Last week was a busy time for marijuana legislation from Maryland finally allowing medical marijuana sales in the state to San Francisco approving a regulatory framework for recreational retail. There were also key developments in North Dakota and Minnesota. Read all about these developments and more in The Fresh Toast’s Marijuana Legislative Roundup for Dec. 4.
On Thursday, Senator Cory Gardner (R-CO) withdrew an amendment to the Senate tax reform bill that would have removed tax penalties for state-legal marijuana businesses. Section 280E of the tax code prohibits businesses associated with “trafficking” federally controlled substances from taking tax deductions granted to all other businesses, effectively forcing cannabis businesses to pay up to 90 percent of their earnings in federal taxes. Gardner’s amendment, known as the Small Business Tax Equity Act, would have exempted marijuana businesses from Section 280E as long as they remained in full compliance with state law. The final version of the tax reform bill passed without the amendment by a narrow majority in the early hours of Friday morning.
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On Friday, medical marijuana sales began in Maryland after years of delays following the state’s 2014 medical marijuana reform. Under Maryland law, physicians, nurse practitioners, dentists, and some other healthcare workers can be certified by the Medical Cannabis Commission to prescribe cannabis for patients with a wide variety of ailments. Patients suffering from any severe condition for which other treatments have been ineffective can seek medical marijuana authorization, as well as those suffering from a condition that causes severe or chronic pain, appetite loss, seizures, or other debilitating symptoms. Glaucoma and PTSD are also included on the list of qualifying conditions. Maryland’s first medical marijuana law was enacted in 2013, but quickly failed due to a lack of interest among the academic institutions charged with running the program. A series of scandals, judicial challenges, and regulatory delays have further delayed the program’s implementation since the 2014 reform.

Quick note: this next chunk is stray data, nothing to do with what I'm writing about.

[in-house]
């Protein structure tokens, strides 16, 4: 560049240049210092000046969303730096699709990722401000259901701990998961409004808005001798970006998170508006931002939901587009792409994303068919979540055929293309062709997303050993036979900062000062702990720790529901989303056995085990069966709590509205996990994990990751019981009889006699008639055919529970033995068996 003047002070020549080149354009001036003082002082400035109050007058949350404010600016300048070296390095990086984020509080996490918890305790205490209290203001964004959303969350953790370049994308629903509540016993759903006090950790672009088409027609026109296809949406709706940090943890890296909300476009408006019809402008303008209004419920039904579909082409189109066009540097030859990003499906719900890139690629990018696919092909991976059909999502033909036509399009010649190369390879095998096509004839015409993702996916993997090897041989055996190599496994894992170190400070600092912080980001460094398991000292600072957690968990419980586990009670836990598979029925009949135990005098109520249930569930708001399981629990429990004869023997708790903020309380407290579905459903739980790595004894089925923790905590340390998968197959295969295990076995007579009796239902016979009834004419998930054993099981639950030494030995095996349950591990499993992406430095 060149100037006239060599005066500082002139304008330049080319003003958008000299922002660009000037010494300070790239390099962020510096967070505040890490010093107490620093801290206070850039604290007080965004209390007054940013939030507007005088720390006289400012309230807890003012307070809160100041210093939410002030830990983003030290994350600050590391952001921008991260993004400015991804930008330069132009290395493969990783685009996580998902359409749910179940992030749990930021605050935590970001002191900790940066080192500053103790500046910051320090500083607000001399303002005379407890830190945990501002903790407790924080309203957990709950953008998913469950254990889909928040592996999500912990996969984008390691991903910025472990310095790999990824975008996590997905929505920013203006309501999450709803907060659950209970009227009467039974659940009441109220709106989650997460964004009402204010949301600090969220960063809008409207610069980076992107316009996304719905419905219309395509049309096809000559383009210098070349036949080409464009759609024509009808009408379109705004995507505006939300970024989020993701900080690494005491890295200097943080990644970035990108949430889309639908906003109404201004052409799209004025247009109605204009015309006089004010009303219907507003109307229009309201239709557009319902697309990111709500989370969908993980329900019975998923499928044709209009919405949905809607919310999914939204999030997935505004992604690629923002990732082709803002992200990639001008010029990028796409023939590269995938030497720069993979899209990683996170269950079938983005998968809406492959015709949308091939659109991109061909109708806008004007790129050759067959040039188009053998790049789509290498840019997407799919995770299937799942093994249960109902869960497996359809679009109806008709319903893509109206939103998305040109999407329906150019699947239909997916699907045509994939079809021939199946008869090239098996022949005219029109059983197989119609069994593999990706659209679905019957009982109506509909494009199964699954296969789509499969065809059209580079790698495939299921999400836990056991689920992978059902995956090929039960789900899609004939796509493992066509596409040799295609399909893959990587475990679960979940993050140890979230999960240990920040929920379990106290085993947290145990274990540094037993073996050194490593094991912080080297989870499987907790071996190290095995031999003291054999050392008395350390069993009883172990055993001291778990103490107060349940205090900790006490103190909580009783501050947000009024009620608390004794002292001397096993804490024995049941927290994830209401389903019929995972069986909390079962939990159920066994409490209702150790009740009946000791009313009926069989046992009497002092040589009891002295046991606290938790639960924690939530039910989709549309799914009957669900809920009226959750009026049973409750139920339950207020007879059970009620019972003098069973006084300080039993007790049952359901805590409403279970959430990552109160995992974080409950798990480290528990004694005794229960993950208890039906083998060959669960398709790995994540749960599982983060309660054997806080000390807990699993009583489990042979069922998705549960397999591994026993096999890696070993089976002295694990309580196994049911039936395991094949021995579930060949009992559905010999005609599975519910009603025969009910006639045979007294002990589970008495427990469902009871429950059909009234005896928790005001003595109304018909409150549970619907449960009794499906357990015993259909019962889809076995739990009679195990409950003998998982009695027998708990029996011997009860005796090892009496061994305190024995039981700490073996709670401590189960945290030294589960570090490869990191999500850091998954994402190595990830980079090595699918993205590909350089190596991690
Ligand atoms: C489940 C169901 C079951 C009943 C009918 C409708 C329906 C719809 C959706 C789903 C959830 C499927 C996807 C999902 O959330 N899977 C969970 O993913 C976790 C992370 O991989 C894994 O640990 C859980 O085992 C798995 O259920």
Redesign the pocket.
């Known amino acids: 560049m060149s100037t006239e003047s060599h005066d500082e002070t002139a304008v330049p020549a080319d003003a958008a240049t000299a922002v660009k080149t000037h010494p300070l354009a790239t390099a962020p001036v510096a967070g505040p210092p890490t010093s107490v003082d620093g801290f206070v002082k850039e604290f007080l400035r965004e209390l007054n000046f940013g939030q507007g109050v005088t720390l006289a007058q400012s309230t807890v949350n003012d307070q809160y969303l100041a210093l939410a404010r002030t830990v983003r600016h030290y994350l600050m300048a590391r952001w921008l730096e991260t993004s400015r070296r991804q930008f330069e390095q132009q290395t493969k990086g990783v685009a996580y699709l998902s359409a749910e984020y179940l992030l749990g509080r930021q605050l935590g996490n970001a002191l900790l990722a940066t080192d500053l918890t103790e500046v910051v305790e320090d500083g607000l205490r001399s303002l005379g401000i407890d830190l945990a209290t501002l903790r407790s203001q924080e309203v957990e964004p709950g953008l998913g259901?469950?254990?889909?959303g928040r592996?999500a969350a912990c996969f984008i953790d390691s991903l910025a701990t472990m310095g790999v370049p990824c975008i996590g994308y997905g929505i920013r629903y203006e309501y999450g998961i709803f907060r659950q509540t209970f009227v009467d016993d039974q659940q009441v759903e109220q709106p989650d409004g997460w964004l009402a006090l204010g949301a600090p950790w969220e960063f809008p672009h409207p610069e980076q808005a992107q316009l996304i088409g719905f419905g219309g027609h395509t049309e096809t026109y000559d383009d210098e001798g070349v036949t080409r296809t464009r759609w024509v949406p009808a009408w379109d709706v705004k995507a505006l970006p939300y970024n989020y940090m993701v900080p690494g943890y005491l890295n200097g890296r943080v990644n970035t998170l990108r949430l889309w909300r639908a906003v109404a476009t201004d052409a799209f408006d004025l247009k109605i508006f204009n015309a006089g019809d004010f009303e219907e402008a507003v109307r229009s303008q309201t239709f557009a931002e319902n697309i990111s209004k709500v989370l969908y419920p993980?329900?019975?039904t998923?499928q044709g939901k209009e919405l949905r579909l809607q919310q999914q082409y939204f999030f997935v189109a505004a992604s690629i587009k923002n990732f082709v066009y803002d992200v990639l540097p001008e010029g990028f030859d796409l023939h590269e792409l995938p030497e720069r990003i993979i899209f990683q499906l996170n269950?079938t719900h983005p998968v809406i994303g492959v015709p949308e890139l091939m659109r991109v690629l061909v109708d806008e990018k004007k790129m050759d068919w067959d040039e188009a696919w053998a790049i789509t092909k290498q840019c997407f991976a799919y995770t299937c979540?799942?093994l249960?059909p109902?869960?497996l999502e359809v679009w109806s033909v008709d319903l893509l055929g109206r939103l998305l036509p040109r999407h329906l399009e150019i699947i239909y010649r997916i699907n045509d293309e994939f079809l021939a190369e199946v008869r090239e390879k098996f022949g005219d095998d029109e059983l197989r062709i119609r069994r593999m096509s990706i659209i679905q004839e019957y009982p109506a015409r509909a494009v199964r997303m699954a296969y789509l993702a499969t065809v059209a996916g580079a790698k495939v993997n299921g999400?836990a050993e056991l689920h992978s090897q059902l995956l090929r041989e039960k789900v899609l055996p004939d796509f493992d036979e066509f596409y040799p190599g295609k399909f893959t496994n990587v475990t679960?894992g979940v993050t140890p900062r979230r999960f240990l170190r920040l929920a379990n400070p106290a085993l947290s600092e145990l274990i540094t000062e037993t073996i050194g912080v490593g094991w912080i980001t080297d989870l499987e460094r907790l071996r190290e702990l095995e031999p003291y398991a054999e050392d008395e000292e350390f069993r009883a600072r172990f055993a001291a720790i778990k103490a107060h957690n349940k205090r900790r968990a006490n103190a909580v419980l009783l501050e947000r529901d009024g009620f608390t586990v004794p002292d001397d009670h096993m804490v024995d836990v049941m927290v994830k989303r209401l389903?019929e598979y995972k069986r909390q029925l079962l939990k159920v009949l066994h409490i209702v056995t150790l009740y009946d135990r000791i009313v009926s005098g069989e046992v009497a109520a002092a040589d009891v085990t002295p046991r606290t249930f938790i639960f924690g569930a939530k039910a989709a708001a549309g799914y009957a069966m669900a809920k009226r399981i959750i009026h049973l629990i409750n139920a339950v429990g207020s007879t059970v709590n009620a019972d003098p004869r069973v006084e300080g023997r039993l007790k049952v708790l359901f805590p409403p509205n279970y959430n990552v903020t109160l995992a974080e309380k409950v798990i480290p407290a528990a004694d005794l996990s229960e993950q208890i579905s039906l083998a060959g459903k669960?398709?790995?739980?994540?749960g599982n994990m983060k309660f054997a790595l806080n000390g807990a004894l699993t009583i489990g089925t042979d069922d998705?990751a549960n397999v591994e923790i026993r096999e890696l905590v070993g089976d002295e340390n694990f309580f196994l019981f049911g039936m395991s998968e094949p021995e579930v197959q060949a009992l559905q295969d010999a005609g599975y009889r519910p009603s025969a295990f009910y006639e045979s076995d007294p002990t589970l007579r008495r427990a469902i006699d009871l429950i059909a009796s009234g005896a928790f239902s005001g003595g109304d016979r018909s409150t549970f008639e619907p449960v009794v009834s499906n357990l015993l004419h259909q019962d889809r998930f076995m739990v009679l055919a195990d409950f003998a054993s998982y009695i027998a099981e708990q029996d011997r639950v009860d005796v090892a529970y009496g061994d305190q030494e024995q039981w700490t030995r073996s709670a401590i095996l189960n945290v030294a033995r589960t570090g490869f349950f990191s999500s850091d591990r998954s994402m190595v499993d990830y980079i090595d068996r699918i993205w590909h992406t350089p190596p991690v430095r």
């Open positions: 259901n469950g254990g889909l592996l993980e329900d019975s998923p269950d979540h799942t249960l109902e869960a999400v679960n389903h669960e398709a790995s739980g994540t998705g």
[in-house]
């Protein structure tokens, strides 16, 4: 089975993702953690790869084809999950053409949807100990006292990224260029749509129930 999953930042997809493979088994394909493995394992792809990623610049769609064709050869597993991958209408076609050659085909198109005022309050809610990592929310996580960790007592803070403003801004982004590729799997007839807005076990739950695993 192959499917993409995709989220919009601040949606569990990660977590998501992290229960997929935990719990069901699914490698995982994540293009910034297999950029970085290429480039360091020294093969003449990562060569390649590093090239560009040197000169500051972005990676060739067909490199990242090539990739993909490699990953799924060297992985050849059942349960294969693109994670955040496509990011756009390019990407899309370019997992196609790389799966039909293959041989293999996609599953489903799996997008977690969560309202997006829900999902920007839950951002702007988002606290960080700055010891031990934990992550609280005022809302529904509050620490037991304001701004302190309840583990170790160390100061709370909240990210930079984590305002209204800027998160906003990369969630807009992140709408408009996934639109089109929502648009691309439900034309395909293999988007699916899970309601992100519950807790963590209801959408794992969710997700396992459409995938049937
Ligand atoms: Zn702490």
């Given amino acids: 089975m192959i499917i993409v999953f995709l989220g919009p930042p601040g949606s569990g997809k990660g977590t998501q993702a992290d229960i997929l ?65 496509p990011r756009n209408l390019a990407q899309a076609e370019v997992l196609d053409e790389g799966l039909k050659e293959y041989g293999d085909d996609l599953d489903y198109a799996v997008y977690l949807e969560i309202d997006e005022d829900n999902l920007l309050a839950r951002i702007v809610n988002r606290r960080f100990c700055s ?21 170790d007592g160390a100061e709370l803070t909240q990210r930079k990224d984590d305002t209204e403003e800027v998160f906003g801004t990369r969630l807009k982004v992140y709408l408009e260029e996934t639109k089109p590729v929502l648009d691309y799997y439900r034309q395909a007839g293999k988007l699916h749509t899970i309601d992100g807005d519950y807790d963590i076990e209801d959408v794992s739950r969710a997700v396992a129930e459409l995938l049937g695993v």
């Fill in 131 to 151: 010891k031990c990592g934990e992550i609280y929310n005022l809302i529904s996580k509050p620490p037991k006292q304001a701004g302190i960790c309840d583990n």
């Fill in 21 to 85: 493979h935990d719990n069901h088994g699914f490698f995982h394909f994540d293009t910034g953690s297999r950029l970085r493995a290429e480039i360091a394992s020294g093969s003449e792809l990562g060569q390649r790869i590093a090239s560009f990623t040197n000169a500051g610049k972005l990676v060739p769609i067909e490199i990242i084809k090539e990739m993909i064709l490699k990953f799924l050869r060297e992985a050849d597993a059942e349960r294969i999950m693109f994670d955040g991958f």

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On Tuesday, the San Francisco Board of Supervisors approved a regulatory framework for recreational cannabis businesses to operate in the city starting next year. The regulations approved by the Board include a 600-foot buffer zone between marijuana businesses and schools, licensing preference for businesses that commit to hiring locally and mentoring people from communities that have been most harmed by the War on Drugs, and other basic licensing rules that localities are required to implement under California law. If Mayor Ed Lee approves the rules quickly, sales could begin as soon as January 5. So far, very few California cities and counties have approved the necessary regulations for recreational sales to begin within their jurisdictions, which will delay the beginning of recreational sales across much of California beyond the state’s official January 1 start date.
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On Tuesday, supporters of marijuana legalization submitted a draft petition to the North Dakota Secretary of State to put the question of recreational marijuana before voters. If passed, the initiative would legalize the growth, consumption, and sale of cannabis for adults 21 and older. It would also seal the records of anyone convicted for marijuana-related offenses made legal by the measure. Secretary of State Al Jaeger will review the petition and decide whether or not to approve it. If approved, supporters would need to gather a minimum of 13,452 signatures for the measure to be placed on the ballot next year. Supporters failed to garner enough signatures for the 2016 ballot, but voters did approve a medical marijuana initiative that year.
Last week, the Minnesota Health Commissioner announced that the state would add sleep apnea and autism to the list of qualifying conditions for patients to obtain medical marijuana authorization. Every year, the Health Department takes public input on conditions that should be added to the list and reviews each condition in coordination with a citizens’ review panel. Suggested conditions that were rejected this year include anxiety, dementia, and Parkinson’s disease. The addition of autism and sleep apnea in July 2018 will bring the total to 13.